The FTSE 100 crept upwards as reports showing growth in the Eurozone and increased business confidence in Japan counteracted a downbeat update on China’s manufacturing sector and angst over US stimulus.
After having fallen for six weeks in a row, Britain’s blue chip index started the last full week of trading before Christmas with small gains, up 0.3% to 6,426. Other major European indices were similarly higher.
Investors were chewing over several major economic updates.
In China, the unofficial preliminary manufacturing purchasing managers’ index fell to 50.5 in December, down from 50.8 in November. This ‘leaves little doubt that the manufacturing sector is now cooling,’ said Mark Williams of Capital Economics.
The news from Japan was better, with the Bank of Japan's latest Tankan survey showing Japanese business confidence leaping to a six year high.
In the Eurozone the preliminary Markit PMI index rose to 52.1 in December, up from 51.7 in November. Though this growth was a ‘relief’ according to Martin van Vliet, an economist at ING Bank, ‘the still-low level of the overall index is a firm reminder that this recovery is still very fragile and sluggish.’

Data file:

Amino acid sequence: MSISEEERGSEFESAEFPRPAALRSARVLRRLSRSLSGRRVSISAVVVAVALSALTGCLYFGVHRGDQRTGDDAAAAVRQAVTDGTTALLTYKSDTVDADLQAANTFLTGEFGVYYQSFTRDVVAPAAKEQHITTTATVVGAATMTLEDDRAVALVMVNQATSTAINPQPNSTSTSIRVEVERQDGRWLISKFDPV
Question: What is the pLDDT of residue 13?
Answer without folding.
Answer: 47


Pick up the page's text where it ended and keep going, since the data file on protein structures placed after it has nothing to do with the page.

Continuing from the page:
Overriding today’s updates though was nervousness ahead of a decision on the future of the huge US stimulus programme that has been supporting markets.
Though on balance most economists believe the US Federal Reserve’s FOMC decision-making board will keep its $85 billion monthly bond buying programme unchanged at its December meeting, starting tomorrow, there is enough of a chance of the start of ‘tapering’ that markets have been edgy for weeks.
In anticipation of the meeting the gold price slipped back 0.8% to $1,228 per ounce.
Among London shares Aggreko (AGGK.L) was the top FTSE gainer, up 5.2% to £15.95 after the provider of temporary power told investors it expected full year results to beat expectations.
Panmure Gordon remained buyers of Aggreko stock, they said, but in reference to competitor APR ‘the absence of large contract wins is likely to cause concern in some quarters given those announced by APR elsewhere.'
At the other end of the index, RSA Insurance (RSA.L) added to Friday's sharp losses when investors were spooked by the sudden resignation of the company's chief executive, alongside a profit warning. This morning the Financial Times reported that RSA's chairman was to hold urgent talks with ratings agencies. RSA dropped 2.6% to 90p.